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    Caroline Crowther, Julie Brown
    The Lancet Global Health. 08/2014; 2(8):e447.
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    Cochrane database of systematic reviews (Online) 04/2014; · 5.70 Impact Factor
  • Perinatal Society of Australia and New Zealand Poster Symposium 152 in Journal of Paediatrics and Child Health, Perth, Western Australia; 04/2014
  • Perinatal Society of Australia and New Zealand Poster Symposium Abstracts. Journal of Paediatrics and Child Health, 50: 40–64. doi: 10.1111/jpc.12528_2, Perth, Australia; 04/2014
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    ABSTRACT: BACKGROUND: Population-based health registries are essential for monitoring progress towards Millennium Development Goals 4 & 5 (reduce child mortality and improve maternal health). However, ineffective and inefficient in data collection and usage is a major barrier to the implementation of effective interventions. We aimed to develop criterion-based datasets for enhancing the implementing of essential interventions in maternal and newborn health. This presentation focuses on those interventions in neonatal care. METHOD: For each of the 13 WHO essential interventions in neonatal care, we secured process and outcome indicators required to measure performance in both screening and treatment/management. Existing indicators were adapted or modified as required, or novel indicators were developed by the study team. Indicator utility was assessed by an international panel against the criteria: Action focused; Important; Operational; Feasible; and Simple and valued. RESULTS: We have secured 56 indicators spanning newborn care, neonatal infection management and care for small and ill babies. The indicators generally scored well on the criteria: Action focused, Important, and Simple and valued, but scored less favourably on the criteria: Operational and Feasible. Specific barriers to the utility of indicators included difficulty in data acquisition in low- and middle-income settings and difficulty accurately attributing causes of mortality and morbidity. CONCLUSIONS: Indicators and data points to monitor WHO essential interventions in neonatal care have now been developed. Upcoming initiatives for more effective cause of death classification systems and innovative e-Health and m-Health solutions for open-source data collection and management have great capacity to surmount the identified barriers.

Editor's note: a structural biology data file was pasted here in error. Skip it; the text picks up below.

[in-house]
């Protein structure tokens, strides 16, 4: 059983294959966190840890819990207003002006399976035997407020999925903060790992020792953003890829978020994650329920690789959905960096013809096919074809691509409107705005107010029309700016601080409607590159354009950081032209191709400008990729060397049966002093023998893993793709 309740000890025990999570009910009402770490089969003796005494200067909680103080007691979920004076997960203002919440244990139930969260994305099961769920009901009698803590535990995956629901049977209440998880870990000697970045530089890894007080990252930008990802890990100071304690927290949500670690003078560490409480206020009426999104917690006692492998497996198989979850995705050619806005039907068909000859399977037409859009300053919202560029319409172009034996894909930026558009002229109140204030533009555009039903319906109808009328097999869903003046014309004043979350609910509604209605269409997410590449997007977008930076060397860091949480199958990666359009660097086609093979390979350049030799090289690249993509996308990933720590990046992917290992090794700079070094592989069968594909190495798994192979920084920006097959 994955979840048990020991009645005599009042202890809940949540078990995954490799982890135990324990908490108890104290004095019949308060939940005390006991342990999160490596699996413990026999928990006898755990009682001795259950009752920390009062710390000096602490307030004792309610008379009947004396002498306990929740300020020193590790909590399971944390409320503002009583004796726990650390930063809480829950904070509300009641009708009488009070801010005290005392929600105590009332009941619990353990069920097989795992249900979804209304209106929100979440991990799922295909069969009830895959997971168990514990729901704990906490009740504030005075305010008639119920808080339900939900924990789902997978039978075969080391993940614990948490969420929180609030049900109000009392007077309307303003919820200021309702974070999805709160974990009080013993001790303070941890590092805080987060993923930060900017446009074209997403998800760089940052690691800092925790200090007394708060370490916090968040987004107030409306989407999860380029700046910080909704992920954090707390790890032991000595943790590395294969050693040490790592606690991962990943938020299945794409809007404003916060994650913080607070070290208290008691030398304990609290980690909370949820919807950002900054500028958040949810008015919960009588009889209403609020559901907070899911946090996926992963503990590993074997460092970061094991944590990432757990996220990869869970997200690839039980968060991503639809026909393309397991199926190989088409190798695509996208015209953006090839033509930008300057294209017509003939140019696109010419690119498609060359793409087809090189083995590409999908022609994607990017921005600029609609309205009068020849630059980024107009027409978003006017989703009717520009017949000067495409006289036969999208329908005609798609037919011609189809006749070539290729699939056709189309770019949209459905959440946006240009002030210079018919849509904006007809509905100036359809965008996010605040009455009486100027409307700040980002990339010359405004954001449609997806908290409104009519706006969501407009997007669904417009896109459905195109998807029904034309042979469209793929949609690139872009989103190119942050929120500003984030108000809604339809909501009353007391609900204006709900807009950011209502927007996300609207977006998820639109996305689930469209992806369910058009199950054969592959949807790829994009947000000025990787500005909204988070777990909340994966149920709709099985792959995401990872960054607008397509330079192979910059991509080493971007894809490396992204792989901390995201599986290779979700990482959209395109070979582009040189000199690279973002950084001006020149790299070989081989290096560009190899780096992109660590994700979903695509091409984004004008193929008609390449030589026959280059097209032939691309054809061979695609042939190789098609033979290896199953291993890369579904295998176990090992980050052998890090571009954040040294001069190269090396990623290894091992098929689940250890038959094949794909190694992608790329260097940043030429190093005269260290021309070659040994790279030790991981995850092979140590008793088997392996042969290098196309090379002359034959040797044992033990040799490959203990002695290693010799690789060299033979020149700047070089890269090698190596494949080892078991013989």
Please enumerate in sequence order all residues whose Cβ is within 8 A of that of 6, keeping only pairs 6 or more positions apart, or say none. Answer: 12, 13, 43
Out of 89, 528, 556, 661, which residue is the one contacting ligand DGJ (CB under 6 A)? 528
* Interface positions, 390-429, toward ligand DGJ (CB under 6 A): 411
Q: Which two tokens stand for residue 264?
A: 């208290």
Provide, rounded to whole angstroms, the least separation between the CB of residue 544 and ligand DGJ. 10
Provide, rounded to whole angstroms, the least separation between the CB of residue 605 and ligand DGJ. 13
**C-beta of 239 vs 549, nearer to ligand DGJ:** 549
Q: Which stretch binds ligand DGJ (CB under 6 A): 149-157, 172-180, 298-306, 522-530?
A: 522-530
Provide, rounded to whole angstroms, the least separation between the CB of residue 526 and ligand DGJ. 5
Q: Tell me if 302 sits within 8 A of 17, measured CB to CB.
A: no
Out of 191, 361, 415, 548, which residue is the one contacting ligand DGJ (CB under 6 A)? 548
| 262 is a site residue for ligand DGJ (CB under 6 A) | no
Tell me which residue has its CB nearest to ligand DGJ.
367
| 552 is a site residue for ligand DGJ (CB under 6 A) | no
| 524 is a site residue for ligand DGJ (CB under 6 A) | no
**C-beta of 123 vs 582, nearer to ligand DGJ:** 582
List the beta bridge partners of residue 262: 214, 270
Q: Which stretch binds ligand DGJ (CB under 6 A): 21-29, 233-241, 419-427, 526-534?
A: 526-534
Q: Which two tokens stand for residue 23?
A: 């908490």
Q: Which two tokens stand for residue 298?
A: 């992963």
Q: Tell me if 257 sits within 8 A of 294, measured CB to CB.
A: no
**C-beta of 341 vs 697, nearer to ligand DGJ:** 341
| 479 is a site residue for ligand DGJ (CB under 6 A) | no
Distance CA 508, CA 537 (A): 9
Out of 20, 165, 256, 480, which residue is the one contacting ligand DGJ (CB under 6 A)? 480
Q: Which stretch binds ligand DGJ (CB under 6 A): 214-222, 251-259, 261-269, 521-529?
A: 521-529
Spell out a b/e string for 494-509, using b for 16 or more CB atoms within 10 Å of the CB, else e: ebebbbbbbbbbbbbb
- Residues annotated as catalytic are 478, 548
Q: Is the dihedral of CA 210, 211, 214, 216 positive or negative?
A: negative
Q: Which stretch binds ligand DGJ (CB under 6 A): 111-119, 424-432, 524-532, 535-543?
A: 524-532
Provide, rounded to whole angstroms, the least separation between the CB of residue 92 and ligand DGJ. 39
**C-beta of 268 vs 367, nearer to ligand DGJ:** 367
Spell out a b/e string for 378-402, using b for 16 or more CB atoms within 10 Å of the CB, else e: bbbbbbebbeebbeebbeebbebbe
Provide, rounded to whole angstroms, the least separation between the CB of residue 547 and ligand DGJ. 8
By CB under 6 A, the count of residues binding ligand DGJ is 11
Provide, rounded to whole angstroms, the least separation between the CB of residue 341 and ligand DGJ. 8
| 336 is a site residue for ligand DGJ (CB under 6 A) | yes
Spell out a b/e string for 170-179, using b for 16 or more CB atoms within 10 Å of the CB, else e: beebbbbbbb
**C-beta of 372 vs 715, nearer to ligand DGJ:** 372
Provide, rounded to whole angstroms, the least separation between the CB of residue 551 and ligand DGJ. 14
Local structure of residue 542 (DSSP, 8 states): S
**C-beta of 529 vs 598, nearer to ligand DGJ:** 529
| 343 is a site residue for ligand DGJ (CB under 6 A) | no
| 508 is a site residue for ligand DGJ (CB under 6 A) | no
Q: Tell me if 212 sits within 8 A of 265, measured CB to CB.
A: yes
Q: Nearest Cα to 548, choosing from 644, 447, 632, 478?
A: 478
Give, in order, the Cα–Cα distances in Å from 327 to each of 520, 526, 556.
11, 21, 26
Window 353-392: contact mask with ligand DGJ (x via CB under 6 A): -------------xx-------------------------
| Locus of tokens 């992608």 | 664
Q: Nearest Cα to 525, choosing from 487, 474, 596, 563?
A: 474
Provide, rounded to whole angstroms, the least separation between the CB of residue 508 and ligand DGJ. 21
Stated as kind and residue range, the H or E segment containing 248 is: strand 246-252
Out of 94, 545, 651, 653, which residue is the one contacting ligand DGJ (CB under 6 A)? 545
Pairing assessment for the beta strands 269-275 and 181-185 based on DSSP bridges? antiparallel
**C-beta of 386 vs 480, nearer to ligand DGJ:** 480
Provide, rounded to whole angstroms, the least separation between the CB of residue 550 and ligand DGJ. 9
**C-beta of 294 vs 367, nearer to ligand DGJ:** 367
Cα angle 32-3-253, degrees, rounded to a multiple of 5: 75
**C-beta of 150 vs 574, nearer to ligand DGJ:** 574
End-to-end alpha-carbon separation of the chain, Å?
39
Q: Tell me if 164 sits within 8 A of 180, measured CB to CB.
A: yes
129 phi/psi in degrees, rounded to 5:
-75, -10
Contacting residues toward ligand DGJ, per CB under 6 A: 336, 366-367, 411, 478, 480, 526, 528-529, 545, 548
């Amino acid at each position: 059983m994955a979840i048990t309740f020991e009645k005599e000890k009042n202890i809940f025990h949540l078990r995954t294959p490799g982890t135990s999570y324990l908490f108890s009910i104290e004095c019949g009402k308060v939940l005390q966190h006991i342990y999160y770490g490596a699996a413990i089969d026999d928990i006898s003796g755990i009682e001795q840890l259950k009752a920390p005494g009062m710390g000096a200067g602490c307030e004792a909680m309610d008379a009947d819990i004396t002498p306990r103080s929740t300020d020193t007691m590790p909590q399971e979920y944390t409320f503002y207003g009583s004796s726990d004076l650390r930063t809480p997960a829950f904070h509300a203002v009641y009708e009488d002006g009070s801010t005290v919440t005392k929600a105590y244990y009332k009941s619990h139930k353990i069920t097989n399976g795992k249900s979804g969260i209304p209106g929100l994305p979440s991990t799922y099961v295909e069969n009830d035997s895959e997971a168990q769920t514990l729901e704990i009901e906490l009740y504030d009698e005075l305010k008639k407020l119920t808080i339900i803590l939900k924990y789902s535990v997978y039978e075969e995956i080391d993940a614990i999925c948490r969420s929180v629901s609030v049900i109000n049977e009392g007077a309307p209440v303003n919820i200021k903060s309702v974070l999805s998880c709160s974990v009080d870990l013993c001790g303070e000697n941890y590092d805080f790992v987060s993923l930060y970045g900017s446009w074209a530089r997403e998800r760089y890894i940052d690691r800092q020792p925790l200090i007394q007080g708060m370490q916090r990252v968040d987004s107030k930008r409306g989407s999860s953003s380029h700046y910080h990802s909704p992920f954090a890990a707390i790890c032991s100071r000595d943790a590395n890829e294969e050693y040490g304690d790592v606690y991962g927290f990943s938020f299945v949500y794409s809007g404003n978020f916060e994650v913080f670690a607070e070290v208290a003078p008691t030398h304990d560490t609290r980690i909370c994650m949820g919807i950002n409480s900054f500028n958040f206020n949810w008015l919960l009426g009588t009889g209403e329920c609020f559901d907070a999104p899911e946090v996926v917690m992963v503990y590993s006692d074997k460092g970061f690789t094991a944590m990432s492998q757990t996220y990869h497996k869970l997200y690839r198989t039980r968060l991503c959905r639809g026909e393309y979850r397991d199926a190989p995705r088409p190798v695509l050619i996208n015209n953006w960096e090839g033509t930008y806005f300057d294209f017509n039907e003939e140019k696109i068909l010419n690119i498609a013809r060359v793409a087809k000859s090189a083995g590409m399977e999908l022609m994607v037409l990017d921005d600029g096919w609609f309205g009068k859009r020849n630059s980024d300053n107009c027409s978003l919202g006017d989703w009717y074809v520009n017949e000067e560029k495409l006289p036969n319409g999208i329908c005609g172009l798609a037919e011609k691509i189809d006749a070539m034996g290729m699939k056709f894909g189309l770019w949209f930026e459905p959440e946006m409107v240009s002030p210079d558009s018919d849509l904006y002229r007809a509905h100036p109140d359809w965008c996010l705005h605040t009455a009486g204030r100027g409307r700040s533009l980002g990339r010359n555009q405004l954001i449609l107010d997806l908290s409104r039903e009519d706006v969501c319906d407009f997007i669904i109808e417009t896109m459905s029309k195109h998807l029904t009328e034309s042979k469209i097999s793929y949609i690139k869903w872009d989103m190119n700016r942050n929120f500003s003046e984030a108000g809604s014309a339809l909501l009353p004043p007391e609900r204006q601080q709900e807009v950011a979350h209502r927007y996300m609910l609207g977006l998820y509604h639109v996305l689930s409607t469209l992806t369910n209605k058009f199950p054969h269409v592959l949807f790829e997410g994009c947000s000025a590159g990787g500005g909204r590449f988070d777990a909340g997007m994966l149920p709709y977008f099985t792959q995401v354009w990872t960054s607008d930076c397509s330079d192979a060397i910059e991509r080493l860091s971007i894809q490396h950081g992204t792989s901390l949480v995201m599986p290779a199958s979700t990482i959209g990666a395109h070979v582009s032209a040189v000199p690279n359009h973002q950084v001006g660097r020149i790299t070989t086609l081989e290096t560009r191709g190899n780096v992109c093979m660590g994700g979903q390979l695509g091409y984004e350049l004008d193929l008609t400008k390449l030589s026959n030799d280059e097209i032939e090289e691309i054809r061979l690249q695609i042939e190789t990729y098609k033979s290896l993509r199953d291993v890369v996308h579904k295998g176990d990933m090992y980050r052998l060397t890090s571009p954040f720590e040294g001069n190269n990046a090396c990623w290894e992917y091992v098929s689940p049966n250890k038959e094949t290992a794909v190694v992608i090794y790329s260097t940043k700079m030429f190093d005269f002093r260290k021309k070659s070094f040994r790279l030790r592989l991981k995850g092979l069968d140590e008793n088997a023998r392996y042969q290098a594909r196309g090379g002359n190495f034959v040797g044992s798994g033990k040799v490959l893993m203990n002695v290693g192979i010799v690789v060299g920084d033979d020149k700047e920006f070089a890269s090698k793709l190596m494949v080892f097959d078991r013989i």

18th Congress of the Perinatal Society of Australia and New Zealand (PSANZ), Crown Perth, Perth, Western Australia; 04/2014